Factors Relating to Aging

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Information on Factors Relating to Aging

Aging is something we all regard with fear and loathing. Just as the average life expectancy has increased in the last fifty years, so too we expect to extend the period of youthfulness as long as possible - well into late middle age at least. However, while aging is a natural process, most of us age prematurely and suffer from degenerative diseases because of our unnatural lifestyle. Characteristics of age which might seem 'normal' - increasing blood pressure, weight gain and muscle deterioration, shrinking skeleton, joint stiffness, hardening of the arteries, loss of memory and concentration, and poor circulation - may only be normal because our whole society has adopted sedentary lifestyles and faulty nutrition patterns. It may be usual, but it isn't necessarily natural.

The major degenerative diseases of Western society, cardiovascular disease, cancer and various disorders of the brain (the dementias, including Alzheimer's disease), are now not simply thought of as an inevitable part of growing older, but are believed to be related to our polluted air, water and food supply. Nutritional scientist believes that the growth of the junk food industry and the effect of ever-increasing stress levels throughout all aspects of our lives play a large part in the onset of these diseases.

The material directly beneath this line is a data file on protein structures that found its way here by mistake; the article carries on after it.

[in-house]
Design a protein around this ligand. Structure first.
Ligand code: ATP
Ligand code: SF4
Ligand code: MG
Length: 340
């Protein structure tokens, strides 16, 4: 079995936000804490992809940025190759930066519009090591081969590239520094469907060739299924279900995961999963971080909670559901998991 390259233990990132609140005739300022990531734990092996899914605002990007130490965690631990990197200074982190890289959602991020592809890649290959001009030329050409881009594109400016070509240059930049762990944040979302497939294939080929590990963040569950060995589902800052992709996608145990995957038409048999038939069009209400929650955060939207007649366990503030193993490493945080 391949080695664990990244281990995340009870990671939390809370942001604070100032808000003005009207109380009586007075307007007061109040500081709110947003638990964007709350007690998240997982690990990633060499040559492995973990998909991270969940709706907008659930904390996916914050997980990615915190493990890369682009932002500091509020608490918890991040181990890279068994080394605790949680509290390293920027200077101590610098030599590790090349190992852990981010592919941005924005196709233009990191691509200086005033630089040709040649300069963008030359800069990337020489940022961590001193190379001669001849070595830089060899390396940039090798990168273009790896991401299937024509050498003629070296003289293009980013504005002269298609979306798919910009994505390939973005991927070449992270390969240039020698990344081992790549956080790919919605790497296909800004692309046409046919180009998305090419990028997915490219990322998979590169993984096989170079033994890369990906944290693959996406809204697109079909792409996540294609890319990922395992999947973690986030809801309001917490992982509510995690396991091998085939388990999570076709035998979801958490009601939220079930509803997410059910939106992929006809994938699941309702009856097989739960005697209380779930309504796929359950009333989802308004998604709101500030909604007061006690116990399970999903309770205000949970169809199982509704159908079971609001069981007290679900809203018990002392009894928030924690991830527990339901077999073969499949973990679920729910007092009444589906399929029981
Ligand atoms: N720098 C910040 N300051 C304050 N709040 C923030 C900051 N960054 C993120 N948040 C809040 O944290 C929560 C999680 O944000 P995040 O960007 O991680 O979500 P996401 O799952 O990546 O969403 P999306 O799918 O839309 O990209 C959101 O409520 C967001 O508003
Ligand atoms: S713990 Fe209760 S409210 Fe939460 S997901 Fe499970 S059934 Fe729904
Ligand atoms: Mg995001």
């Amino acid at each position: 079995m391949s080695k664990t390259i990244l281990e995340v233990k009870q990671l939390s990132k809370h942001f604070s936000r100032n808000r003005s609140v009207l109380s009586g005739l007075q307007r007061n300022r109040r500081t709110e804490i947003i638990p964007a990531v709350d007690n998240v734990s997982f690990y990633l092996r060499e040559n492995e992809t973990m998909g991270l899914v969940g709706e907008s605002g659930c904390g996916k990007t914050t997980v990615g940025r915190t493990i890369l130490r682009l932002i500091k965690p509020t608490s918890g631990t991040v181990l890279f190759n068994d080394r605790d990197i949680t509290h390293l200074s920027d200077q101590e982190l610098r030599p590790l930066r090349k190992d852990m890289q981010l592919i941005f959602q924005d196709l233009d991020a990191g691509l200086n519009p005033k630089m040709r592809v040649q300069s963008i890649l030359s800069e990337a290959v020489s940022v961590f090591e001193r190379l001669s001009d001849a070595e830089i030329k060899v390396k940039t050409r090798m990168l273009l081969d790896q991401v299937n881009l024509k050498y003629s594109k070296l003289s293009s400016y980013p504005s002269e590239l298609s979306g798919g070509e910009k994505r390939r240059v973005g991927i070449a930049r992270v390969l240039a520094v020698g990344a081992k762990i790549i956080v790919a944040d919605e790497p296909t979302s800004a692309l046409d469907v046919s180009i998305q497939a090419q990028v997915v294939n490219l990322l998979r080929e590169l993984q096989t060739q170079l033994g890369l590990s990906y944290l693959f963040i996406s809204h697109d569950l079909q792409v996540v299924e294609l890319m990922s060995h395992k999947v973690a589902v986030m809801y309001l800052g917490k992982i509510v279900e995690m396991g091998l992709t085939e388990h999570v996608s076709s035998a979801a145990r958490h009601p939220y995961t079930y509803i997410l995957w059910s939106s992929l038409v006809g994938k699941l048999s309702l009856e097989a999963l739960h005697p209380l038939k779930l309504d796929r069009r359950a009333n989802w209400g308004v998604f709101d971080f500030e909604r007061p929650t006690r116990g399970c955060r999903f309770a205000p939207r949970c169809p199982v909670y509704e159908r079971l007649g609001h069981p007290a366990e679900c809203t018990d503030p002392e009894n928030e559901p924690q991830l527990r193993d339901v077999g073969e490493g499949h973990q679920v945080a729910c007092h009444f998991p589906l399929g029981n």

Aging occurs at cellular level. As the body ages the cells begin to deteriorate and function less efficiently. Perhaps the most obvious symptoms of age are decreased reaction time and increasing inflexibility. Our response to our environment slows over time and, because we bring all our past into present, we begin to develop set patterns or habits which become more difficult to change the older we become.

From the physical point of view, the tissues break down, the skin loses it elasticity, muscles weaken, joints wear, hair thins, eyesight and hearing fail, metabolism rate reduces, immunity to infection decreases. Psychologically, the view of our world probably becomes entrenched to the extent that change seems difficult and uncomfortable compared to when we were children. We resist change, until life-threatening illnesses, and other extreme personal traumas, force us to take stock, to rethink our priorities, to refocus on our values and to decide what kind of life we really want to live. In some ways, the environmental crisis is forcing us to do just such a rethink, on a global scale. The good news is that crisis and change can be a positive force for our health and well-being.

 

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